News Home
Quick Bites
News Archive
News Channel
Special Features
On AirNewsClassical
School Closings
WKSU Support
Funding for WKSU is made possible in part through support from the following businesses and organizations.

Wayside Furniture

Metro RTA


For more information on how your company or organization can support WKSU, download the WKSU Media Kit.

(WKSU Media Kit PDF icon )

Donate Your Vehicle to WKSU

Programs Schedule Make A Pledge Member BenefitsFAQ/HelpContact Us
Economy and Business

Exploradio: Launching a start-up revolution
A group of young entrepreneurs is building a community of start-ups that could stem Cleveland's brain drain
This story is part of a special series.

Reporter / Host
Jeff St. Clair
LaunchHouse is an entrepreneurial community in Shaker Hts. with 40 portfolio companies. This summer LaunchHouse will fund 10 start-ups with $200,000 in seed capital from Ohio's Third Frontier fund.
Download (WKSU Only)
In The Region:

More than 8,000 new businesses are started each month in Ohio and a growing number are launched by young entrepreneurs.

In this week’s Exploradio, WKSU’s Jeff St.Clair visits one of the epicenters of Northeast Ohio’s entrepreneurial groundswell.

LISTEN: Launching a start-up revolution

Other options:
Windows Media / MP3 Download (3:52)

The LaunchHouse clubhouse
I feel like I’ve wandered into a hip coffeehouse instead of a business accelerator. The lunchtime crowd sips free coffee, and buys muffins, cakes, and pizza rolls from the cafe. It's pet friendly and casual, with the feel of a cozy clubhouse - exactly the atmosphere co- founder Todd Goldstein likes for LaunchHouse

Goldstein is an entrepreneurial evangelist, spreading the word of building community by nurturing start-ups.

“We’re not just an accelerator, we're bringing together a community of people that all want to help each other be successful and build their business.”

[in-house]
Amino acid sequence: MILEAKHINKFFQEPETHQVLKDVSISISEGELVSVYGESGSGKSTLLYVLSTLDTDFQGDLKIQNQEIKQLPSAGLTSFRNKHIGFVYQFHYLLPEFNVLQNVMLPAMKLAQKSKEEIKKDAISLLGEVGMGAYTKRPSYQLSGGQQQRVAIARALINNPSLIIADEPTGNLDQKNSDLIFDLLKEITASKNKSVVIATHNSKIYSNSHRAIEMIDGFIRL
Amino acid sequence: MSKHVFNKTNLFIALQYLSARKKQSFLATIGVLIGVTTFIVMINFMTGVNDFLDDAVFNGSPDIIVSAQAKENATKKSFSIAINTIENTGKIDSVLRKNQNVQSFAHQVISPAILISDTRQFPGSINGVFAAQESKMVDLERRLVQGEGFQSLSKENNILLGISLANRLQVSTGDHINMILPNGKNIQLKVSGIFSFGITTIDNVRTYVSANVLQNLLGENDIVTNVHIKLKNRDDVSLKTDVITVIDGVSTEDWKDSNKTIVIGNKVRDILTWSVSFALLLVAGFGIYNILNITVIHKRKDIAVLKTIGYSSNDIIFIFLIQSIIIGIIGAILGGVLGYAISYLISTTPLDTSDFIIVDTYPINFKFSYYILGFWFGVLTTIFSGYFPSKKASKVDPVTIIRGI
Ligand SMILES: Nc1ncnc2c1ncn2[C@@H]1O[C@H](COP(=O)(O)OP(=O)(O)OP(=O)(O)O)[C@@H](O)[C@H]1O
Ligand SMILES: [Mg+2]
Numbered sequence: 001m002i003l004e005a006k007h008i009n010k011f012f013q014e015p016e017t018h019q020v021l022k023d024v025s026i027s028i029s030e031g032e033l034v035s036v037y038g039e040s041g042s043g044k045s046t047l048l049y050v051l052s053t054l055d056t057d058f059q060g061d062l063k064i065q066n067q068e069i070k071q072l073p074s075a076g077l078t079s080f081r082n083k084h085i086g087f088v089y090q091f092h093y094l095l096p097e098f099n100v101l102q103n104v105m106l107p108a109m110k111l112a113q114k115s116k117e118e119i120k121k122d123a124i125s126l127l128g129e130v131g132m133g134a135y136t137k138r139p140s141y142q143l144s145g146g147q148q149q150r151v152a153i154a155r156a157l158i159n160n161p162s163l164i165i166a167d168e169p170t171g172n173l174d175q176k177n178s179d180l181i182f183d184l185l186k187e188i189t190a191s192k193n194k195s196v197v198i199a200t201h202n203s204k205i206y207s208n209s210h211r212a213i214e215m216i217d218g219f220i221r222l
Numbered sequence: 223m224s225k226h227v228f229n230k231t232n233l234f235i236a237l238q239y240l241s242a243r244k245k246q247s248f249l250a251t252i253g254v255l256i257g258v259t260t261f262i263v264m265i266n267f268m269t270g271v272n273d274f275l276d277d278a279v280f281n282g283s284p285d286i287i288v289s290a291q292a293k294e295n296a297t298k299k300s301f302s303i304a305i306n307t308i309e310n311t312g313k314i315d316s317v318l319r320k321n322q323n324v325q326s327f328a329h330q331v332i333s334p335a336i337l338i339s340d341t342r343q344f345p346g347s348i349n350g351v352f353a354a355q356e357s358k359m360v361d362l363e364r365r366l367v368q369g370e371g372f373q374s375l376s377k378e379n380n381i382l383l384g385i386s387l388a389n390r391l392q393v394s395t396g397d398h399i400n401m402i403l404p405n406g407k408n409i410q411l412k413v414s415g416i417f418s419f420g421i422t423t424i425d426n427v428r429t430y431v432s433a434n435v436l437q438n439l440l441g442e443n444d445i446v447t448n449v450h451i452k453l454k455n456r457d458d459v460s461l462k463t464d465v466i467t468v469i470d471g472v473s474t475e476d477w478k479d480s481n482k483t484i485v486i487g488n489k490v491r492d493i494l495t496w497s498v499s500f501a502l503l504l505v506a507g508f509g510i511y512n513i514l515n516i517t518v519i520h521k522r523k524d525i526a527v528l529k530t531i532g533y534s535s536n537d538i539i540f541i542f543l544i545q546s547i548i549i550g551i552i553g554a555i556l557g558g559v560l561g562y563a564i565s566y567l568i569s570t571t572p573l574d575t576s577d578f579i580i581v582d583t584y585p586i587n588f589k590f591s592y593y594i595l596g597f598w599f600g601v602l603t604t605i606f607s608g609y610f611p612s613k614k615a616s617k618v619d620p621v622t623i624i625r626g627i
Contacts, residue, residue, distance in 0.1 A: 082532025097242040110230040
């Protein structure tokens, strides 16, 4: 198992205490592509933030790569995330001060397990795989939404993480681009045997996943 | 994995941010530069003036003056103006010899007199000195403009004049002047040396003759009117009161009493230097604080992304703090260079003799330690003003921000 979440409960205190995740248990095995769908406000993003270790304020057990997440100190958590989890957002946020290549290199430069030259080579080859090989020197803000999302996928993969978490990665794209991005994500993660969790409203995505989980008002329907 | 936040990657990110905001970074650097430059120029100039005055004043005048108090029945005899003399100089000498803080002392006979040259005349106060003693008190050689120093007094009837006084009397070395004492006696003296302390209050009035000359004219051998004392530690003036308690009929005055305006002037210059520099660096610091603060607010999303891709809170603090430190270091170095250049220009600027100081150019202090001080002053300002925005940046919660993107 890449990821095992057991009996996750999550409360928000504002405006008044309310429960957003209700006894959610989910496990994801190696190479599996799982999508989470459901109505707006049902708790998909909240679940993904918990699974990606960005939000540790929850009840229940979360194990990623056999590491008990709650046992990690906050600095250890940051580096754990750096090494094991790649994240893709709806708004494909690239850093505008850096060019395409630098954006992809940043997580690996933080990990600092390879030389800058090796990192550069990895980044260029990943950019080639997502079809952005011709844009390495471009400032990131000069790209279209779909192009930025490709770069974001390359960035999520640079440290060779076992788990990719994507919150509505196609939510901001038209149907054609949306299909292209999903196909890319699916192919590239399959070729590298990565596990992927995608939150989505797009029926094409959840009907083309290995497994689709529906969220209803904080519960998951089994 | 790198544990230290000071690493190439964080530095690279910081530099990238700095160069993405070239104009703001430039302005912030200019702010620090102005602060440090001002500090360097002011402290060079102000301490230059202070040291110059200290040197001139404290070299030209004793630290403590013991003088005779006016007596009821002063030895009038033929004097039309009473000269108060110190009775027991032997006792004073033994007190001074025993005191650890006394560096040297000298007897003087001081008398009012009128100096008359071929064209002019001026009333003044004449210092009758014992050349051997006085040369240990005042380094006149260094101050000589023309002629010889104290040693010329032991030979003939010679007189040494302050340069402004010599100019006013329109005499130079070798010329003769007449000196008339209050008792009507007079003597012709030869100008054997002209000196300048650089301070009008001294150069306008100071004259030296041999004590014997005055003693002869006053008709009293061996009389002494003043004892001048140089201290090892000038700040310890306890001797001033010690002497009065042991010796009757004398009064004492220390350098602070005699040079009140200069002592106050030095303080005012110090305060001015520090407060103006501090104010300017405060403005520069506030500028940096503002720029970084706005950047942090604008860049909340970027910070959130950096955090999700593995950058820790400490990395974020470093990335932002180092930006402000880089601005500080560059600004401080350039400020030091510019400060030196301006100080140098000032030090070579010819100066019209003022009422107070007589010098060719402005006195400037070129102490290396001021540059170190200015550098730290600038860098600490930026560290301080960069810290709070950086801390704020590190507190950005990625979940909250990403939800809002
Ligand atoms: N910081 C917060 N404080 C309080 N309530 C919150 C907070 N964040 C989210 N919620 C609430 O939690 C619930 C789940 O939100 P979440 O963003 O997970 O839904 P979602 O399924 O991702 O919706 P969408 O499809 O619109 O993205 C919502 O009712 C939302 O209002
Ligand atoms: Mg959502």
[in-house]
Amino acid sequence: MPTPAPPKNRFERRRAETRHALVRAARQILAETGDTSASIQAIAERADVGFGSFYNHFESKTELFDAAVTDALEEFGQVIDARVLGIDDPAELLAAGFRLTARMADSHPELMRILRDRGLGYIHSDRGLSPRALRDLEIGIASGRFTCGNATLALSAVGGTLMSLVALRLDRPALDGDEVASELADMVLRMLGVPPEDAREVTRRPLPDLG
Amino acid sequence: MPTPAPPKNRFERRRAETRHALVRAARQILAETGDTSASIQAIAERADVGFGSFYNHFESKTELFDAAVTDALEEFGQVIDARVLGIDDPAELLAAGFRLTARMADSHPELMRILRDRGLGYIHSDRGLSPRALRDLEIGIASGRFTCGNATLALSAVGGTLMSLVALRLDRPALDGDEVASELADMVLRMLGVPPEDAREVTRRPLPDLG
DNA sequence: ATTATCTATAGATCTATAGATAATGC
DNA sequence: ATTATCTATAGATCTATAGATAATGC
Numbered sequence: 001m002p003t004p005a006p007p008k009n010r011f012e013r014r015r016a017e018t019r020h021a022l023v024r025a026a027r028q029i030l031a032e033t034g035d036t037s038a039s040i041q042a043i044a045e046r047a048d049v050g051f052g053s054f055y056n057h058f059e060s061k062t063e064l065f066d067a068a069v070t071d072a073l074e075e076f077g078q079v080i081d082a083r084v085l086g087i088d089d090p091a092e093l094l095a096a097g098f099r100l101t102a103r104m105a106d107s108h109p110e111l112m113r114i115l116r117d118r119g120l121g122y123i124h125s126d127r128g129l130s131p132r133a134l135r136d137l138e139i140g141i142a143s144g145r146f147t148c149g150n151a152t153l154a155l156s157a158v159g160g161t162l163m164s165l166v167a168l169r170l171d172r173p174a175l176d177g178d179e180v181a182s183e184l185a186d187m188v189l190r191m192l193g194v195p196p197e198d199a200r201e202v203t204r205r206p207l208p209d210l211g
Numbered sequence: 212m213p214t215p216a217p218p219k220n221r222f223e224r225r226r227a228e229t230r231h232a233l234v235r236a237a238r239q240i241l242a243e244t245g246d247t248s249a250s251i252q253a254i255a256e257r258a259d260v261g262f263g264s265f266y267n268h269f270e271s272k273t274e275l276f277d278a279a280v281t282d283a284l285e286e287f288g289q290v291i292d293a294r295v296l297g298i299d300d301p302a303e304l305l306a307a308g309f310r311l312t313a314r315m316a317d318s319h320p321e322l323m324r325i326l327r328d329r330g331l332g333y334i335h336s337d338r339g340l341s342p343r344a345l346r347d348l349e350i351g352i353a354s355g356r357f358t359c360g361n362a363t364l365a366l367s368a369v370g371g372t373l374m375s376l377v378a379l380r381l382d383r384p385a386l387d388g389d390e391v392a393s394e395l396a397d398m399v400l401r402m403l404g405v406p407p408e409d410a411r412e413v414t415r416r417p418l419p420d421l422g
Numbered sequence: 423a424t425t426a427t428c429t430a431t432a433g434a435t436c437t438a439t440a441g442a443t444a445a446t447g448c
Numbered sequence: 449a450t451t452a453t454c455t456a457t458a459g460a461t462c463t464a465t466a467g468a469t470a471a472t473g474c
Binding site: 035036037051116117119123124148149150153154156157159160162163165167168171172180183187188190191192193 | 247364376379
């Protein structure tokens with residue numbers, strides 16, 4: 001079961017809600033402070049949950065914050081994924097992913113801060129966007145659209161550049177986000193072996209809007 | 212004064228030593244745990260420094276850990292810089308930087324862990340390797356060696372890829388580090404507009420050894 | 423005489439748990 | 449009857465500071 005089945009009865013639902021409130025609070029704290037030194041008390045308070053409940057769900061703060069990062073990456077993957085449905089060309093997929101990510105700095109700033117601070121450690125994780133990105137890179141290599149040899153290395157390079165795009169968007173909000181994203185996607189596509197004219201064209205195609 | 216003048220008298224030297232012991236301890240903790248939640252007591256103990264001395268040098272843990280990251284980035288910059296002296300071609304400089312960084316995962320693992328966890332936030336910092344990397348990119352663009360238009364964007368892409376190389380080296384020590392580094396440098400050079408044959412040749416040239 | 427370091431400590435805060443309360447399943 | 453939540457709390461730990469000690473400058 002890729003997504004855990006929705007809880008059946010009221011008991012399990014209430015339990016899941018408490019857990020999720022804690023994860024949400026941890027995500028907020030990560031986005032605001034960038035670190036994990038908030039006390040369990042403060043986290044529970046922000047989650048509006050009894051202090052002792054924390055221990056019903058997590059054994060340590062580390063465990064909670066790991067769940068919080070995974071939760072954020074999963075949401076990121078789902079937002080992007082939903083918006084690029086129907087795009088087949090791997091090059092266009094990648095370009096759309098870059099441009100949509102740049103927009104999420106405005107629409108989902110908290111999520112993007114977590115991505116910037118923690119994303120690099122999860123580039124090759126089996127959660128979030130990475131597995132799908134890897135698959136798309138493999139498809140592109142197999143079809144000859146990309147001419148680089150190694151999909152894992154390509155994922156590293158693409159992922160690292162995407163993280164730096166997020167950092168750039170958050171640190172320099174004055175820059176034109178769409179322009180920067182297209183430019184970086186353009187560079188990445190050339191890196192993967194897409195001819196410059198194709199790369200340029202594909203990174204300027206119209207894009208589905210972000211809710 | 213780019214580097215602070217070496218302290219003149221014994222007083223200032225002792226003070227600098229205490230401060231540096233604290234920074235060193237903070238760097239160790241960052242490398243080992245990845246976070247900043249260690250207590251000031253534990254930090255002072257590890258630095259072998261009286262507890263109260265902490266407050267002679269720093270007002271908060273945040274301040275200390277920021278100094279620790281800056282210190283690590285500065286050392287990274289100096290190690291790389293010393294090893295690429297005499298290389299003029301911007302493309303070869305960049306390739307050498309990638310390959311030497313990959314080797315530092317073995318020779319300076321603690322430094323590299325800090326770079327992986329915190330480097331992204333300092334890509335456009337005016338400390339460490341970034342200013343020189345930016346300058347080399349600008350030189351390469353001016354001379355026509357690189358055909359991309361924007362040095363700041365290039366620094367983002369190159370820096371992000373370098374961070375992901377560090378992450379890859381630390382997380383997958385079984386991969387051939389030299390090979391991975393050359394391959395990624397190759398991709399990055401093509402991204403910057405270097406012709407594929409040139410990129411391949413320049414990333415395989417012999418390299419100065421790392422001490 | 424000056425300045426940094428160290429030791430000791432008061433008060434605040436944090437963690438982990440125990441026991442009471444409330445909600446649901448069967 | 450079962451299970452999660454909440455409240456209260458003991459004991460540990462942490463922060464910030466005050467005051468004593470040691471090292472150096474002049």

LaunchHouse moved here two years ago after the city of Shaker Hts. spent half a million dollars renovating the former car dealership on Lee Road. At LaunchHouse, forget sketching ideas on a napkin, every surface is a white board. Ideas are scrawled on the tables, walls, and partitions.  Beyond the café is an open office space where clusters of people huddle over laptops.

We meet Jake Pierce and Tyler Newby soaking-up the creative vibe. Newby says they're designing a video game for their Solon High School senior project. Newby's working on the art, Pierce is doing the programming. While LaunchHouse has about 50 companies renting space for as little as $100 a month, Goldstein says, “any community group that works with entrepreneurs, that works in the start-up space, that works in the business group -  they can come and use this space for free for their groups.”

The lean start-up survival guide
Partner Bob Means is developing a curriculum for hands-on entrepreneurship training. He says it’s based on Silicon Valley guru Steve Blank’s lean start-up model of customer development.

"Only after quick rounds of experimentation and feedback reveal a model that works, do lean founders focus on execution." - Steve Blank, Why the Lean Start-Up Changes Everything

Means says the focus is on market discovery and finding out whether there really is a need for a product. LaunchHouse will help you identify a potential customer, "not create a company first.”

Goldstein puts it another way, “We want to build ‘em quickly and kill ‘em quickly.”  He says, start-ups work closely with their customers to fine tune the product, but for businesses that don't take off, Goldstein says failure is the best teacher.

Summer start-up training
The next lean start-up training for entrepreneurs starts in early June with a two-day, intensive selection process. Twenty companies will start; ten survive to the next round in August.